Black Agouti - Teeth Strong Enough to Open Brazil Nuts

Black agoutiThe black agouti (Dasyprocta fuliginosa) is a common South American rodent and not to be confused with the black agouti pygmy goat. This black agouti has longer legs than most rodents and at a distance may be confused with a small deer. This ancient rodent has successfully adapted to life near people even though it is hunted by people for meat. Black agoutis can be found in Brazil, Venezuela, Ecuador, Columbia, Surinam, Peru and Guyana. Black agoutis prefer to live in the open savannah or in forests, but can also live in fields and marshes.

The black agouti is not an endangered species. It is long lived, likes each other’s company and can eat a wide variety of foods. These qualities make it highly adaptable to the rapidly changing world. This large rodent is hunted by a wide variety of predators including people, adult constrictor snakes, birds of prey, domestic dogs and ocelots.

Physical Description

The black agouti resembles a large, long-legged guinea pig. The head is blunt and rounded like a guinea-pig’s and the hindquarters are large and round. Unlike a guinea pig, the long, tough toes sport prominent claws.
Despite its common name, the black agouti sports several different coat colors, from a foxy tan to black and mixtures of these shades. The belly, inside of the legs and the underside of the tiny tail are colored much lighter than the rest of the body.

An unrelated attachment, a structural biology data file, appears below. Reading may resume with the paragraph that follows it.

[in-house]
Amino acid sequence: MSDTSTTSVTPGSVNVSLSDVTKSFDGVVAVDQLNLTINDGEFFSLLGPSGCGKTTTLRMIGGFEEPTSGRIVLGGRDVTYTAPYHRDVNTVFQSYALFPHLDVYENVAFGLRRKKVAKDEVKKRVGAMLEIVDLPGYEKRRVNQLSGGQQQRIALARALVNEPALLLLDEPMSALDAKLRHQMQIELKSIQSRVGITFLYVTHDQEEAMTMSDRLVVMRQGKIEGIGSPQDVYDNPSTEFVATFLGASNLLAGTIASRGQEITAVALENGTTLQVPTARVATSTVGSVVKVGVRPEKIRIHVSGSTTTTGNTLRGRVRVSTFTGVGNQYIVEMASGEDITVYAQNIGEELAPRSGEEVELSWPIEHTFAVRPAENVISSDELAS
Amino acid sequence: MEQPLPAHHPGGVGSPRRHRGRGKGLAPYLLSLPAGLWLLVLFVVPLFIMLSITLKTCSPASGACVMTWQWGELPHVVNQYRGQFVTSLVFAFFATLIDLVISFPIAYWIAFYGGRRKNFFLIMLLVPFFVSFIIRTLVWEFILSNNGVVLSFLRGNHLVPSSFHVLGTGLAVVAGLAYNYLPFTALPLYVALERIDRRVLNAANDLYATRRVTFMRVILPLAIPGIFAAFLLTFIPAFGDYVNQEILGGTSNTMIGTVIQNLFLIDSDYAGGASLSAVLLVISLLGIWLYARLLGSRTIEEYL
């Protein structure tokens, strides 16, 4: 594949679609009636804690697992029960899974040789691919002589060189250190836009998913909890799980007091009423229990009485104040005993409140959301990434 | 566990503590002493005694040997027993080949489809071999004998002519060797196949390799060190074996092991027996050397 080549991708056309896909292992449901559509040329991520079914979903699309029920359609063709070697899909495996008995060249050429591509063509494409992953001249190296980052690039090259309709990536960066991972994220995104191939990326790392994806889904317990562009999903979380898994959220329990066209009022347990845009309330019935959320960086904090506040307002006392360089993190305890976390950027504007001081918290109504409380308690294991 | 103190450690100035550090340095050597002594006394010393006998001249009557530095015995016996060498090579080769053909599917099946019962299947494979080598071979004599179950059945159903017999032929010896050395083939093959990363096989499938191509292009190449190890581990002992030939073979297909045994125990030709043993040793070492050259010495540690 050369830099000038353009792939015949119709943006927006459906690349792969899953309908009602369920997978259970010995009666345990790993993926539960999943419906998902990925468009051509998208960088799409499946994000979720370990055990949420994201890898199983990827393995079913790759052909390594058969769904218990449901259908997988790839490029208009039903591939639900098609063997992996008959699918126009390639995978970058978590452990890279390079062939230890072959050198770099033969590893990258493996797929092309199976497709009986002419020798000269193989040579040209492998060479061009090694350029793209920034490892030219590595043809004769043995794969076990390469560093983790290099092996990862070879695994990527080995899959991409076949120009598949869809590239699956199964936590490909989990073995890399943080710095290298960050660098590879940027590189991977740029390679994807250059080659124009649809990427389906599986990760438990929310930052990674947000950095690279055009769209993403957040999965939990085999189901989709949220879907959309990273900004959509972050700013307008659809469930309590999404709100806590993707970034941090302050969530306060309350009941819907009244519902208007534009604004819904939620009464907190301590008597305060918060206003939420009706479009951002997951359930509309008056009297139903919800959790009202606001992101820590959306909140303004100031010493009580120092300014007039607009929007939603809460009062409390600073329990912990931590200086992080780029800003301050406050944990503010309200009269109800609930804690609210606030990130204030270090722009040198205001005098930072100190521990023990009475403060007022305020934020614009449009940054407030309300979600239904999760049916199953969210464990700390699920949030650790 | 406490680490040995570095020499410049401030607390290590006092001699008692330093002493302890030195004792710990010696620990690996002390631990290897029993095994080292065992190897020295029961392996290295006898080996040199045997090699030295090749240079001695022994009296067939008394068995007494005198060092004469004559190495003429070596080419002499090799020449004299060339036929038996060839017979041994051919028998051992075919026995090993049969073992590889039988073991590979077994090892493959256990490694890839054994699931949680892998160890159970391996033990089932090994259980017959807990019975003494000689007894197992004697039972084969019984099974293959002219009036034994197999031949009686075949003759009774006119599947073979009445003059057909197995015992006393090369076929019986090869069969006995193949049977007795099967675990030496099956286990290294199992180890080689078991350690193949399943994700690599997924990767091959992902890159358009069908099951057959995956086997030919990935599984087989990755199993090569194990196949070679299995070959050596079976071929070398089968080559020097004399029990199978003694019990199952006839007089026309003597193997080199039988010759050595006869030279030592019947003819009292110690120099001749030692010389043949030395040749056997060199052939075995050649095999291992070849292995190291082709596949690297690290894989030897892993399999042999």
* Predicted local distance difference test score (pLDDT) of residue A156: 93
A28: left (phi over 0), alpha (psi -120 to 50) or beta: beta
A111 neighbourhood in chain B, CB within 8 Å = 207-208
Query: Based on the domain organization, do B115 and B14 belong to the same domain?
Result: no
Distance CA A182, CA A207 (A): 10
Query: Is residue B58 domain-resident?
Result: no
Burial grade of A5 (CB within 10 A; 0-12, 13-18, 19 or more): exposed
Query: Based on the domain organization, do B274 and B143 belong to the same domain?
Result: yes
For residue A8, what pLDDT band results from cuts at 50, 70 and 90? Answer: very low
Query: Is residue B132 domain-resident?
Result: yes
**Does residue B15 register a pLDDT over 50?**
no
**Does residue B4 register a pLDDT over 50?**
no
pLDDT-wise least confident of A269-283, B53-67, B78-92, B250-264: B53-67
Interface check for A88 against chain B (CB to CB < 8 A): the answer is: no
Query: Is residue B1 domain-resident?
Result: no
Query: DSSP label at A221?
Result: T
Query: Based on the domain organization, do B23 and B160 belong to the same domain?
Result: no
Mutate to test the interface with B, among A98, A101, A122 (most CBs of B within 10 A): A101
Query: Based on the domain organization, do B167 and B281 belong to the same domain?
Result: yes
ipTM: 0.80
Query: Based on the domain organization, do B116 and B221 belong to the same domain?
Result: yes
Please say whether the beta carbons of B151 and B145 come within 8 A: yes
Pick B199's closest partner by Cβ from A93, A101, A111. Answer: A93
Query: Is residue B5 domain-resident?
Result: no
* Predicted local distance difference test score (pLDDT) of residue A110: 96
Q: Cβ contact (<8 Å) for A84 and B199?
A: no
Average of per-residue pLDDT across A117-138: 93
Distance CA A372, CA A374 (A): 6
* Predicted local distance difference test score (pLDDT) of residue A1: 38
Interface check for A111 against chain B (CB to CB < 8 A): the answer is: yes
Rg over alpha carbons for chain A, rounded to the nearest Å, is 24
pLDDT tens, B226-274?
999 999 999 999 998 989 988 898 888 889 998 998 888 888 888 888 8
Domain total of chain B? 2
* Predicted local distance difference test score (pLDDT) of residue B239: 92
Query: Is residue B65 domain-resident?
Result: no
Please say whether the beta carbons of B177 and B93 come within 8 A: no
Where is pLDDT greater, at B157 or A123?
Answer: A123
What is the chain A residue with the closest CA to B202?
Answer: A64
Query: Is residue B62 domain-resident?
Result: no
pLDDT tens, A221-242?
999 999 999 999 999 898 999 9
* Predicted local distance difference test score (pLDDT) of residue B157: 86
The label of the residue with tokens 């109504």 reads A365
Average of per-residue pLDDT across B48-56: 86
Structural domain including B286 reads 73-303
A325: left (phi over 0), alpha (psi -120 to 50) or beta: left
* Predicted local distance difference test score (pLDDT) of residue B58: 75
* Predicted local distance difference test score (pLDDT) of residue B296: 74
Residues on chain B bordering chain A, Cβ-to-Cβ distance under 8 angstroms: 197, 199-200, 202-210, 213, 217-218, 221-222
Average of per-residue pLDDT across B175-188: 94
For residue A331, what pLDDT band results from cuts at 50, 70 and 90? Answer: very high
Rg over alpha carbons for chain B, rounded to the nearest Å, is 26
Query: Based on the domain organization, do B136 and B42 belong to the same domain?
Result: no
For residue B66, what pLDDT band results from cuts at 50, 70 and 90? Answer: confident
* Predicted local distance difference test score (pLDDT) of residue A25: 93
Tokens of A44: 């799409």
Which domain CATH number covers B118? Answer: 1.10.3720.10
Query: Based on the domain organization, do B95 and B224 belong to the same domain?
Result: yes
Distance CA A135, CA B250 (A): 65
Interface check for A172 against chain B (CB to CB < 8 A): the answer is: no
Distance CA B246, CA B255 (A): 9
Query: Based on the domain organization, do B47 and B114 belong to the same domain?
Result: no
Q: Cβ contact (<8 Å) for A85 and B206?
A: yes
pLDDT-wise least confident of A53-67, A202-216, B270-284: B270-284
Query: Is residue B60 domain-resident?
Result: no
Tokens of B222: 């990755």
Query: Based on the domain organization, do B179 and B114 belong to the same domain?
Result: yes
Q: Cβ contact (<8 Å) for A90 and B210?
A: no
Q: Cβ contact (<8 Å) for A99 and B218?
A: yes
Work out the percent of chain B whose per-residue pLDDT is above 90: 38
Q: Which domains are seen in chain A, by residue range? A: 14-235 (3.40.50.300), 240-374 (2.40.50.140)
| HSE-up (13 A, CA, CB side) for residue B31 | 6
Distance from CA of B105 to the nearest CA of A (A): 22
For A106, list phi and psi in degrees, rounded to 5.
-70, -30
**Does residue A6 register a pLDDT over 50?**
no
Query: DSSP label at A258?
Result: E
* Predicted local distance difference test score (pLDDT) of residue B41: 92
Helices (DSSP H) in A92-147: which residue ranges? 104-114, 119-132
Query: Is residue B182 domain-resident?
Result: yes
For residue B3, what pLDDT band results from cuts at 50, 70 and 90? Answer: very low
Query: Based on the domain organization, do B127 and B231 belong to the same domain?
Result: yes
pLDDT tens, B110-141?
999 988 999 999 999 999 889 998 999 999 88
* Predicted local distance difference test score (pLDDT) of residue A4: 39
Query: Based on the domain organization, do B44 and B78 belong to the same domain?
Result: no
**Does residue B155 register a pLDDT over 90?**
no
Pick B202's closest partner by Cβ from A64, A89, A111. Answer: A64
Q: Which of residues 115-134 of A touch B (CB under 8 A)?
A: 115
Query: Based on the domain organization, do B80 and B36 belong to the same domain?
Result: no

Males and females grow to similar sizes. Adults reach lengths ranging from 16.33 to 24.4 inches (415 to 620 millimeters.) Their small tails add another 0.39 to 1.37 inches (10 to 35 millimeters) to their total body length. Adults vary in weight, depending on how plentiful the food supply is. Adult males and females can weigh anywhere from 2.86 to 8.81 pounds (1.3 to 4 kilograms.)

Life Cycle and Behavior

Unlike many other species of rodents, male and female black agoutis form strong pair-bonds. Both male and female raise their babies. Females have a long gestation of around 104 to 120 days. The babies are well developed when born. They resemble miniature versions of adults. They can run usually within an hour of their birth. If lucky, the one to three babies born will live for 18 years.

Black agoutis are most active during dawn and dusk. They spend most of their waking hours looking for food, such as grasses, fruits, seeds and nuts. Their teeth are incredibly strong. They are the only known mammal that can easily crack Brazil nuts open. They dig burrows under trees, rocks or wherever they can and rest there during the hottest parts of the day.

Picture of the black agouti by Haplochromis, licensed under the Creative Commons Attribution-Share Alike 3.0 Unported and GFDL.

Keywords: black

The Black agouti is listed as Least Concern (LR/lc), lowest risk. Does not qualify for a more at risk category. Widespread and abundant taxa are included in this category, on the IUCN Red List of Threatened Species

Some facts about the
Sooty agouti

Adult weight : 3.5 kg (7.7 lbs)

Maximum longevity : 18 years

Source: AnAge, licensed under CC

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